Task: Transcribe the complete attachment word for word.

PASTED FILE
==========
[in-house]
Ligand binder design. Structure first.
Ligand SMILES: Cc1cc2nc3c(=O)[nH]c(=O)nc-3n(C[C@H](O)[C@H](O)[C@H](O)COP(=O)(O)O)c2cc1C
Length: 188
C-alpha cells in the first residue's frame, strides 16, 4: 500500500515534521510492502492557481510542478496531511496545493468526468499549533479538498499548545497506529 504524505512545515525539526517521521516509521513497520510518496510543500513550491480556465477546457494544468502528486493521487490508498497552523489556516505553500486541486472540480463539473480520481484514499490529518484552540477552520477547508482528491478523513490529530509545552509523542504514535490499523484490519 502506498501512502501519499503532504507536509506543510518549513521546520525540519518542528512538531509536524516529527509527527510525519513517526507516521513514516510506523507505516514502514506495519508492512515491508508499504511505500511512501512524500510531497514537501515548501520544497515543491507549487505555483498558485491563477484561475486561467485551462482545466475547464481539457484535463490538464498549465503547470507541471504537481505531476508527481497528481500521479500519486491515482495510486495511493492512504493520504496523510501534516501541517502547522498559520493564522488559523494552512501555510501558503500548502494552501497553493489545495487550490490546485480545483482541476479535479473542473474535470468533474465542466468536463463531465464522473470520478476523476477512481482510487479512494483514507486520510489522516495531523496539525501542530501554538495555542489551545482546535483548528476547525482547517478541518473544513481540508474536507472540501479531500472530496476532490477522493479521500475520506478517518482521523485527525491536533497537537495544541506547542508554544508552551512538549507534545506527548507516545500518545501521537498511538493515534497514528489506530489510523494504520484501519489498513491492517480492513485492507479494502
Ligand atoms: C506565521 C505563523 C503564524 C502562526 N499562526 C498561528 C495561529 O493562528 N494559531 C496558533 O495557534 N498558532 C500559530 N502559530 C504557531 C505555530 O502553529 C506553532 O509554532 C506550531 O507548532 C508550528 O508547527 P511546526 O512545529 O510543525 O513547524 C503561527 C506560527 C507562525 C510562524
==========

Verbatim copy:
[in-house]
Ligand binder design. Structure first.
Ligand SMILES: Cc1cc2nc3c(=O)[nH]c(=O)nc-3n(C[C@H](O)[C@H](O)[C@H](O)COP(=O)(O)O)c2cc1C
Length: 188
C-alpha cells in the first residue's frame, strides 16, 4: 500500500515534521510492502492557481510542478496531511496545493468526468499549533479538498499548545497506529 504524505512545515525539526517521521516509521513497520510518496510543500513550491480556465477546457494544468502528486493521487490508498497552523489556516505553500486541486472540480463539473480520481484514499490529518484552540477552520477547508482528491478523513490529530509545552509523542504514535490499523484490519 502506498501512502501519499503532504507536509506543510518549513521546520525540519518542528512538531509536524516529527509527527510525519513517526507516521513514516510506523507505516514502514506495519508492512515491508508499504511505500511512501512524500510531497514537501515548501520544497515543491507549487505555483498558485491563477484561475486561467485551462482545466475547464481539457484535463490538464498549465503547470507541471504537481505531476508527481497528481500521479500519486491515482495510486495511493492512504493520504496523510501534516501541517502547522498559520493564522488559523494552512501555510501558503500548502494552501497553493489545495487550490490546485480545483482541476479535479473542473474535470468533474465542466468536463463531465464522473470520478476523476477512481482510487479512494483514507486520510489522516495531523496539525501542530501554538495555542489551545482546535483548528476547525482547517478541518473544513481540508474536507472540501479531500472530496476532490477522493479521500475520506478517518482521523485527525491536533497537537495544541506547542508554544508552551512538549507534545506527548507516545500518545501521537498511538493515534497514528489506530489510523494504520484501519489498513491492517480492513485492507479494502
Ligand atoms: C506565521 C505563523 C503564524 C502562526 N499562526 C498561528 C495561529 O493562528 N494559531 C496558533 O495557534 N498558532 C500559530 N502559530 C504557531 C505555530 O502553529 C506553532 O509554532 C506550531 O507548532 C508550528 O508547527 P511546526 O512545529 O510543525 O513547524 C503561527 C506560527 C507562525 C510562524